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Credit Risk Rewarded While Interest Rate Investors Suffer  

January 22, 2014
Maureen Nevin Duffy, Insitutional Investor

ETFs saw corporate bond funds rise and T-bill funds fall. Now seemingly on the upswing: the taste for risk.

Some investors who sought capital preservation last year in bond-holding exchange-traded funds (ETFs) got their reward. But others received a knock on the head. Those willing to take riskier bets did best. The deciding factor, say analysts, owes to differences in the underlying bonds themselves. Fear of rising interest rates sent investors running from long-term commitments, like long-term bonds, whose yields may prove paltry when rates rise. And the prospects of not garnering enough return, coupled with improving credit risk among corporate bonds, lured some investors to higher-risk securities. Flexibility has been key. Unlike individual bonds or mutual funds, ETFs make it easier for investors to shift securities in conjunction with these dynamics. Investors took advantage of that agility by moving out of long-term bond funds as 2013 drew to a close. For the moment, analysts expect investors in 2014 to keep betting on shorter-term investments.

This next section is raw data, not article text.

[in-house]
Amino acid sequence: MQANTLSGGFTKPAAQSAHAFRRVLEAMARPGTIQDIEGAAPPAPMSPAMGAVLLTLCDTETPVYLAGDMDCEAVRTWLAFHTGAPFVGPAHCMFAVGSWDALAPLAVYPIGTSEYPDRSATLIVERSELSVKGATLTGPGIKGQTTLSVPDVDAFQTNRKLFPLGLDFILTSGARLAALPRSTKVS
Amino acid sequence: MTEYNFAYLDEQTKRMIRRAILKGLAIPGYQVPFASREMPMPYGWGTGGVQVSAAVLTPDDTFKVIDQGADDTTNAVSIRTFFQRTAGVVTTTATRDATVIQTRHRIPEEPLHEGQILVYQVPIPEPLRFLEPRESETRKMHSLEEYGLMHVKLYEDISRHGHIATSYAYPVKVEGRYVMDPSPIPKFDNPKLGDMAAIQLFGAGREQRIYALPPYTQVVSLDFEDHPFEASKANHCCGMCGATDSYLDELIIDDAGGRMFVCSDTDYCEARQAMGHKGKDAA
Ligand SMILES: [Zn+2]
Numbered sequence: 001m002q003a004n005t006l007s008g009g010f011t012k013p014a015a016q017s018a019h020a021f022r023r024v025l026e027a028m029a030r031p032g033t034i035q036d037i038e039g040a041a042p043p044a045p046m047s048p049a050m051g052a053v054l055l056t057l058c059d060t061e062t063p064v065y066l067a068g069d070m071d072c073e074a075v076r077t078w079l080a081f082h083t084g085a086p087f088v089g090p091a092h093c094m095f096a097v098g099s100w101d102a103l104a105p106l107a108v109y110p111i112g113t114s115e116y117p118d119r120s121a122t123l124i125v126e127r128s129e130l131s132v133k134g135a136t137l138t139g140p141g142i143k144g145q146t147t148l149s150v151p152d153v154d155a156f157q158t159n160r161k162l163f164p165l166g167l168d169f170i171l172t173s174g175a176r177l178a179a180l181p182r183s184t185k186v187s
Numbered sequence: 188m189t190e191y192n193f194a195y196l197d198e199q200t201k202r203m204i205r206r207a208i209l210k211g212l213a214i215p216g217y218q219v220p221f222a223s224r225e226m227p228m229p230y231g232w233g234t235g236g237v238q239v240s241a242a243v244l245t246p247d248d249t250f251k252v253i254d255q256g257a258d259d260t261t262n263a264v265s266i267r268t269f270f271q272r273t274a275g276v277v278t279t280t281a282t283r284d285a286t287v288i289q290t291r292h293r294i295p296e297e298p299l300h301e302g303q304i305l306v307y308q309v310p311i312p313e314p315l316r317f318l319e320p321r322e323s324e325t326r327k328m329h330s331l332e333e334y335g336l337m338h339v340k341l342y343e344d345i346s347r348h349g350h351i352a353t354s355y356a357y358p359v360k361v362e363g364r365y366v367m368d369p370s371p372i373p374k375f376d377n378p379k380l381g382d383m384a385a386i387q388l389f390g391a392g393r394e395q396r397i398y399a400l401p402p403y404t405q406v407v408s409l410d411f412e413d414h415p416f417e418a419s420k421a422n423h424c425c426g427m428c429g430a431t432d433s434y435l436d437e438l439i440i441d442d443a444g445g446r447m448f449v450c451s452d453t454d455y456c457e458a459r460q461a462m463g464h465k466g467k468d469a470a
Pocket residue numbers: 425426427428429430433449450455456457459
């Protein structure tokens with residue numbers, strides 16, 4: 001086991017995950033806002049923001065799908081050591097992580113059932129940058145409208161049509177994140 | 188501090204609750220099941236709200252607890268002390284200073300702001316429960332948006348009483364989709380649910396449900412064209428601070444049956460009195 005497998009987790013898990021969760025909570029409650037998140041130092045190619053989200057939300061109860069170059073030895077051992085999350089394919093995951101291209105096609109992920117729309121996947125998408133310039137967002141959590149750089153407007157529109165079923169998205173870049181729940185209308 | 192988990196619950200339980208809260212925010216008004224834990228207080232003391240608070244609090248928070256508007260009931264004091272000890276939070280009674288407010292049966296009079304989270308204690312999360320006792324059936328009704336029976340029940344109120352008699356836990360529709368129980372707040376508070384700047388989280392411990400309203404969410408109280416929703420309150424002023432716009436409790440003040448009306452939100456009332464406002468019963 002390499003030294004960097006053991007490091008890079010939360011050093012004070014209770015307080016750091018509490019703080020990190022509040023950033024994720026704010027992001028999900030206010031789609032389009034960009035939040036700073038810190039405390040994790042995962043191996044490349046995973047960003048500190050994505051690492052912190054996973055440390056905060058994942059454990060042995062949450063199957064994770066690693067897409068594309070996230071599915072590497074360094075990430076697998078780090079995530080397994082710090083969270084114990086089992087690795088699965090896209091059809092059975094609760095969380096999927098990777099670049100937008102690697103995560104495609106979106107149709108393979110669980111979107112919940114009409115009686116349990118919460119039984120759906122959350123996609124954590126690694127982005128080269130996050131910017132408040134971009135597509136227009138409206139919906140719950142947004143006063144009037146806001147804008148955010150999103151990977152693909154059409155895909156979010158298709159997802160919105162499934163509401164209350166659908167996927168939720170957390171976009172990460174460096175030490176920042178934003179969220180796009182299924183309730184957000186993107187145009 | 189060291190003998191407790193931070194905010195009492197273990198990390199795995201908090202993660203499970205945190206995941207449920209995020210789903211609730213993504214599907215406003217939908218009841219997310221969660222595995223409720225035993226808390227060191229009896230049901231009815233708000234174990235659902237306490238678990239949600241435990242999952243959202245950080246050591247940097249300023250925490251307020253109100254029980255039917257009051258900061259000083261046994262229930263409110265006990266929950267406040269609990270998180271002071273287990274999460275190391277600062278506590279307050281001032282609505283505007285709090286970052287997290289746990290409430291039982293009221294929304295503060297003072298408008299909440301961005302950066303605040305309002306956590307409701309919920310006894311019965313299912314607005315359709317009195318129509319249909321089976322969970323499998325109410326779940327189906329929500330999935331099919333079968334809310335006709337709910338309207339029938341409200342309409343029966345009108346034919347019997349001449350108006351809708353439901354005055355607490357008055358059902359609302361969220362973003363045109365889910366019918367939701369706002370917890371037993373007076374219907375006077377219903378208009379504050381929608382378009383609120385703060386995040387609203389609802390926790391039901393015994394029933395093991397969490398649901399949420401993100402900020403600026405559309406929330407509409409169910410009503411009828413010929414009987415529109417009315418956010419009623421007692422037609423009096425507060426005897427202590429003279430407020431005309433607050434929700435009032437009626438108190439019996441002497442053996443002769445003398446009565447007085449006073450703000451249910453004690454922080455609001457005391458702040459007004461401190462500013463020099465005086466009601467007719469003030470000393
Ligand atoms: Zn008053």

Read more: Institutional Investor

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